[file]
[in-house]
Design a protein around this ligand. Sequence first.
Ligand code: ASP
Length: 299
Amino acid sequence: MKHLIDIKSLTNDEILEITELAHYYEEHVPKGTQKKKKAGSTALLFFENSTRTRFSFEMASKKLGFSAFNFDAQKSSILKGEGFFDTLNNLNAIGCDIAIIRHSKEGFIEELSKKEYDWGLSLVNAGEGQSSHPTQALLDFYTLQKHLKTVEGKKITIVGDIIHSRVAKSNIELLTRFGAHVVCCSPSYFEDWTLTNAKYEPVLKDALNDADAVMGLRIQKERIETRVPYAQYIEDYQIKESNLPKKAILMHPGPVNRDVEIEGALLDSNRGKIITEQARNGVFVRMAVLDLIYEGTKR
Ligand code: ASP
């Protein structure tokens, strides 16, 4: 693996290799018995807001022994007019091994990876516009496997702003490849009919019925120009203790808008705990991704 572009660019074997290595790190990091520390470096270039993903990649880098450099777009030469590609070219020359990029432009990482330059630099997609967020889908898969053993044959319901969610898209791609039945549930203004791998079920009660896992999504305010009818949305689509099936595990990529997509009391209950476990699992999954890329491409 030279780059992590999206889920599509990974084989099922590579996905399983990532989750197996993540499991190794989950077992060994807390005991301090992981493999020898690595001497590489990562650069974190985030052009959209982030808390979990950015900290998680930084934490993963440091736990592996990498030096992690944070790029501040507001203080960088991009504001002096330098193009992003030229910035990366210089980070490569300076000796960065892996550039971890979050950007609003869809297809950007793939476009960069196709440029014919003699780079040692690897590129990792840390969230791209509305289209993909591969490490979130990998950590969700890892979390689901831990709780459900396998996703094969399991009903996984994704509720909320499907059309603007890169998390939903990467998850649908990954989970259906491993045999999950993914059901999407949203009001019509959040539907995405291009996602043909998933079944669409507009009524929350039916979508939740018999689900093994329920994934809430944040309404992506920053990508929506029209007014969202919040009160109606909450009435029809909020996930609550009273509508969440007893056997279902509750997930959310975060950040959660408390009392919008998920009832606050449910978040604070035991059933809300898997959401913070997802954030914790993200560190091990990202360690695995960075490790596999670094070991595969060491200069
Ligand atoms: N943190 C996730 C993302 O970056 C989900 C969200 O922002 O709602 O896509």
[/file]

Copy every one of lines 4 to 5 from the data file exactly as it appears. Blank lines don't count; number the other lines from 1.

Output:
Length: 299
Amino acid sequence: MKHLIDIKSLTNDEILEITELAHYYEEHVPKGTQKKKKAGSTALLFFENSTRTRFSFEMASKKLGFSAFNFDAQKSSILKGEGFFDTLNNLNAIGCDIAIIRHSKEGFIEELSKKEYDWGLSLVNAGEGQSSHPTQALLDFYTLQKHLKTVEGKKITIVGDIIHSRVAKSNIELLTRFGAHVVCCSPSYFEDWTLTNAKYEPVLKDALNDADAVMGLRIQKERIETRVPYAQYIEDYQIKESNLPKKAILMHPGPVNRDVEIEGALLDSNRGKIITEQARNGVFVRMAVLDLIYEGTKR